Do you have a dog or cat that's getting up in years? Here are a few books to help you extend your pet's longevity and maintain his or her joie de vivre.
Caring for your Aging Cat and Caring for your Aging Dog, written by the same author, are organized similarly. Janice Borzendowski stresses the importance of proper nutrition, exercise, and routine home and veterinary care in keeping your pet healthy during middle age and beyond. Because signs of disease are often subtle in cats and dogs, the books' tips for recognizing when your pet has a health problem may be especially helpful.
The last third of each book focuses on issues that come with declining health. Common ailments and their treatments are described; managing treatment costs is discussed. Borzendowski sensitively addresses decision-making and concerns about your pet's quality of life. Each book's concluding chapter, titled "Farewell, Friend: Coming to terms with the end of life," covers both decision-making and grieving.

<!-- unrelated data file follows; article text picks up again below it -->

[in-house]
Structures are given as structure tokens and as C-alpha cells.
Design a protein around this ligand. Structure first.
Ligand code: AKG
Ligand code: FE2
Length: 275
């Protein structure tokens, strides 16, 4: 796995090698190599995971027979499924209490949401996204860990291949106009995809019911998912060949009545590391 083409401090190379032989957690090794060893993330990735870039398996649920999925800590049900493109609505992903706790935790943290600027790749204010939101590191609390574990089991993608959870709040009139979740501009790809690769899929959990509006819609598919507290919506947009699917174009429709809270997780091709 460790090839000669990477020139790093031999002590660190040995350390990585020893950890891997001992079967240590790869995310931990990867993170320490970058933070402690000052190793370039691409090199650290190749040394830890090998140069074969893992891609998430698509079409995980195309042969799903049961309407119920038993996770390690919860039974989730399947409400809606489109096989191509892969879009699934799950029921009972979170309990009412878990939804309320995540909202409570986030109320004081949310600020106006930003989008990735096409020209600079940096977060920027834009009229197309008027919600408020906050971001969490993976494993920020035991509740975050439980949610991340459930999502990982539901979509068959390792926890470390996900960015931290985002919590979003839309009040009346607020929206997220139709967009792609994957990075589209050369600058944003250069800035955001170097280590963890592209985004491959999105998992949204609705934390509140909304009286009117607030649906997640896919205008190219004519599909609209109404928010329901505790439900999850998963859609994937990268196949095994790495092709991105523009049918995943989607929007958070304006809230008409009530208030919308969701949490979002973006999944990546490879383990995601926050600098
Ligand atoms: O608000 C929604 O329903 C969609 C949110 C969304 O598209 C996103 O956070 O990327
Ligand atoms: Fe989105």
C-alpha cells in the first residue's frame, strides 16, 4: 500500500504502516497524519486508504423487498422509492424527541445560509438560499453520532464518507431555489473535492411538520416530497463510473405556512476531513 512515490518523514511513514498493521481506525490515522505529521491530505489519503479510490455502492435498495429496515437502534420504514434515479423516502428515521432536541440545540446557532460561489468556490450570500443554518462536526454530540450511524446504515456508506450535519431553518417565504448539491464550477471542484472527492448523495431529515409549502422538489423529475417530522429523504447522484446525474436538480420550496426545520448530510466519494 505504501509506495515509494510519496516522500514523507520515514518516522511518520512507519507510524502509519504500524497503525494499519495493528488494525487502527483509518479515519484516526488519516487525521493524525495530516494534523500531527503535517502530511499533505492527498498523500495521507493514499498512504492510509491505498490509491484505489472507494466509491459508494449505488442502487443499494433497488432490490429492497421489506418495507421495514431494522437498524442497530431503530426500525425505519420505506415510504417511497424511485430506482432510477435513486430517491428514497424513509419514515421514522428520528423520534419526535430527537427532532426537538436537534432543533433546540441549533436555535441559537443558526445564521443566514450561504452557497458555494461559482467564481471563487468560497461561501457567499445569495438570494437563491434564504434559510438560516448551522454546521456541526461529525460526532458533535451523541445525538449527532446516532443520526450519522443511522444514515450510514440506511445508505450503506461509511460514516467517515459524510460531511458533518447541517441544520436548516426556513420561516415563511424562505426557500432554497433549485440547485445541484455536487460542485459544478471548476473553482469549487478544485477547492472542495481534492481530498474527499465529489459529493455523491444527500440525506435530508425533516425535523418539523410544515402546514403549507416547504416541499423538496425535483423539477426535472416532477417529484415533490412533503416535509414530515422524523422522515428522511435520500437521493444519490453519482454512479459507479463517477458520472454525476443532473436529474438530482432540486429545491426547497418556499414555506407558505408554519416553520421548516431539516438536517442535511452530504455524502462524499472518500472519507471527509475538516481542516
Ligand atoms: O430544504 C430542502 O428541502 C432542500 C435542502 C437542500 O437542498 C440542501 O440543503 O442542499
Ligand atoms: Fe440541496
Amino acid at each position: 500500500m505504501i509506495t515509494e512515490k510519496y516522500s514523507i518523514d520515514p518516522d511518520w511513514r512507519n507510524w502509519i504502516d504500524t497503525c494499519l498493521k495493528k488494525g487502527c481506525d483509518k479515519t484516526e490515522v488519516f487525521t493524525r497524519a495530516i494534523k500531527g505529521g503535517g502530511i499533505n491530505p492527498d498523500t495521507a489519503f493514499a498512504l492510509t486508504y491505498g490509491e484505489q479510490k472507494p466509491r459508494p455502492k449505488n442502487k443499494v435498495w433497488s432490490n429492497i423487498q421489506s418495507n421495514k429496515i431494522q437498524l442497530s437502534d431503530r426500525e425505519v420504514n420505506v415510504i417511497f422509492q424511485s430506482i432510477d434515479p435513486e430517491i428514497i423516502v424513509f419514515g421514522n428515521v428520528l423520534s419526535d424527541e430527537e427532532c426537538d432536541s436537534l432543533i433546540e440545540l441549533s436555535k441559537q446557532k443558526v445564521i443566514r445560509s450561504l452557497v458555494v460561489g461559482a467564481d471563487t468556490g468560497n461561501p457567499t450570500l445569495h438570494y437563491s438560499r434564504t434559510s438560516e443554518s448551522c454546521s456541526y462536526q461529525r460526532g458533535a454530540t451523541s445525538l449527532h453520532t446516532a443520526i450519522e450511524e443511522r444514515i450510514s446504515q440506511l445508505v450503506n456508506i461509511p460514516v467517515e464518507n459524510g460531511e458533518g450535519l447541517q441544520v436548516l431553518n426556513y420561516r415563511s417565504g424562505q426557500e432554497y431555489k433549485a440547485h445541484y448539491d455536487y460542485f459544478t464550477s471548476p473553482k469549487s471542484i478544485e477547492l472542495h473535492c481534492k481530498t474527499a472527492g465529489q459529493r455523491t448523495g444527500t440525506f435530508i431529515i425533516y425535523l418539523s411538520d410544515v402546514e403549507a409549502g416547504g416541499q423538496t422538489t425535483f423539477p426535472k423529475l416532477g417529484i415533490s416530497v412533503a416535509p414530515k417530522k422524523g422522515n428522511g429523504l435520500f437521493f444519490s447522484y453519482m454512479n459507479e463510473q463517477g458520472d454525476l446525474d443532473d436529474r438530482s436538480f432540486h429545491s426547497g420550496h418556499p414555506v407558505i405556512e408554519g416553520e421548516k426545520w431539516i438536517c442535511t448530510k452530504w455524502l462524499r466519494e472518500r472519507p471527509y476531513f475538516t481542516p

If you have an elderly dog who's already having health problems,Good Old Dog might be more helpful. Author Nicholas Dodman offers far less information on keeping a healthy dog healthy, but much more on various health conditions that often affect older canines. Another plus for Good Old Dog is its chapter on adapting the environment to make life easier for you and your dog. Treatment costs and end-of-life decisions are addressed in this book too; grief is not.
If you have questions about the health of your dog, cat, or other pet animal, please visit, call, or email us at the PlaneTree Health Information Center. Our resources for understanding the health of your family extend even to the furry, feathery, and scaly members of your household!